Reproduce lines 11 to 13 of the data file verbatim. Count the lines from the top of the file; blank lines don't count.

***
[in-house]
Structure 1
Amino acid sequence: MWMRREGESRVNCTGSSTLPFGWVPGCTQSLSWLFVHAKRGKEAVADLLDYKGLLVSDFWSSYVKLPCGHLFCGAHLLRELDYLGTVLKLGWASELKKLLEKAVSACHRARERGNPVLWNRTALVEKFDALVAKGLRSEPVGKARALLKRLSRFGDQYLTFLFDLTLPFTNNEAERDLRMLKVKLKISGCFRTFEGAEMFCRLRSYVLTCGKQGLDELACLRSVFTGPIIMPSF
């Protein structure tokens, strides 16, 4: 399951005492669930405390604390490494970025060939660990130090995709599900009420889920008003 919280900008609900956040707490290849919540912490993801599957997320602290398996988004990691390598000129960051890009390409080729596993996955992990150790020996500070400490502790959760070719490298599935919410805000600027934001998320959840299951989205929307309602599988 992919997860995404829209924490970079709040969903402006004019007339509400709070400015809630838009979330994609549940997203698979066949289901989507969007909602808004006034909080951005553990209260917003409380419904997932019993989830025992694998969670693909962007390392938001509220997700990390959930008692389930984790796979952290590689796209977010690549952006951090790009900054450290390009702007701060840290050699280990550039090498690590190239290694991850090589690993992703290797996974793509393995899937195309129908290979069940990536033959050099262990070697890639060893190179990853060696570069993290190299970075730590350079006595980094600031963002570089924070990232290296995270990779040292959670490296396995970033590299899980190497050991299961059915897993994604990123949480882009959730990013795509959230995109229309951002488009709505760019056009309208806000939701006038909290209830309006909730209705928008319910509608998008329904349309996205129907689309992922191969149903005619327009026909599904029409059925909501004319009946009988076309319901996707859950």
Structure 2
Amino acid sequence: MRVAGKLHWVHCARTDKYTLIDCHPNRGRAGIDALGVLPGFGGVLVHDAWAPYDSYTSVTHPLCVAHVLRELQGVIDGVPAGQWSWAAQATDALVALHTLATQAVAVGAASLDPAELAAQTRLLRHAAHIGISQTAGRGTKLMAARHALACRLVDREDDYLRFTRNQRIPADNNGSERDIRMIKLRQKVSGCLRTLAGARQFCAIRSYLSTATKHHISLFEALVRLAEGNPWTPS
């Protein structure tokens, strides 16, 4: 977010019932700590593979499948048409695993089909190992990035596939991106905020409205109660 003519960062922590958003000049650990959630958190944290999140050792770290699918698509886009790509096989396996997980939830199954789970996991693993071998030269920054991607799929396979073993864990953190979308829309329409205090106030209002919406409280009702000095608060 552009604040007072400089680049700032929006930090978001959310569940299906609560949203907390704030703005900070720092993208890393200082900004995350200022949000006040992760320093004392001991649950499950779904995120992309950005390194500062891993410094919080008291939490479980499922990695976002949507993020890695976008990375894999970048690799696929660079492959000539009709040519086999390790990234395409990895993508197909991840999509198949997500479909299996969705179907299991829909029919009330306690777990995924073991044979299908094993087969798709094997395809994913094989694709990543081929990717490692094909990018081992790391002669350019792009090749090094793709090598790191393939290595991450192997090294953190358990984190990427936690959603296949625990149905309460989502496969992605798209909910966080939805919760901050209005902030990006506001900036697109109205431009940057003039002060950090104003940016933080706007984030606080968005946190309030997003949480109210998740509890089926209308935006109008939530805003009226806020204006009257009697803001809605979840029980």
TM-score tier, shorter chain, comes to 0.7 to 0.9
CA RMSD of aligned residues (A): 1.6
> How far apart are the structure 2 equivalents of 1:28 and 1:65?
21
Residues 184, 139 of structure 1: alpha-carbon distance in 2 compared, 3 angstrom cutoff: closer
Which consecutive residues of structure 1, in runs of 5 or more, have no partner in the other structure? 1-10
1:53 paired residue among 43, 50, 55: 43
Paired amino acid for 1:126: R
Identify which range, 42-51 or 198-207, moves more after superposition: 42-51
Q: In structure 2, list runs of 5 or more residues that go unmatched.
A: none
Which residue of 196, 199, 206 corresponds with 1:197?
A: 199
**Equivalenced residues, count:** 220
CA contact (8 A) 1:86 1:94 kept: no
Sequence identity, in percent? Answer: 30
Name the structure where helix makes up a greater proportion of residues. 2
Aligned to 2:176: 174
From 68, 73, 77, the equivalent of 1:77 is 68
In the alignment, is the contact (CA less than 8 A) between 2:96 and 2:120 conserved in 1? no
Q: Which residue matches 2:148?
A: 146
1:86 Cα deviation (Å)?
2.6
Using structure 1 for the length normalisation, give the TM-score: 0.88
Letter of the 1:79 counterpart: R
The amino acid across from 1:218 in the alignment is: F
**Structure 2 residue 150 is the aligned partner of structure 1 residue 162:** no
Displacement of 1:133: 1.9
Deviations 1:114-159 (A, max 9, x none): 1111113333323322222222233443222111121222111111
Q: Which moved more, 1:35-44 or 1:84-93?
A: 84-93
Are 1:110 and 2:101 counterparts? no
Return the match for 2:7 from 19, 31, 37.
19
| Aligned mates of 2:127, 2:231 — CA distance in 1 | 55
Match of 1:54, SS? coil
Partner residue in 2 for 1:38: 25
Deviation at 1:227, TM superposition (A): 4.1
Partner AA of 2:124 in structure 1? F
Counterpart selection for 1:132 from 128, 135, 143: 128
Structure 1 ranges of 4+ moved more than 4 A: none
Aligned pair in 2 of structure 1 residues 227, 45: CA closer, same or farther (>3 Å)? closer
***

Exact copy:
21
Residues 184, 139 of structure 1: alpha-carbon distance in 2 compared, 3 angstrom cutoff: closer
Which consecutive residues of structure 1, in runs of 5 or more, have no partner in the other structure? 1-10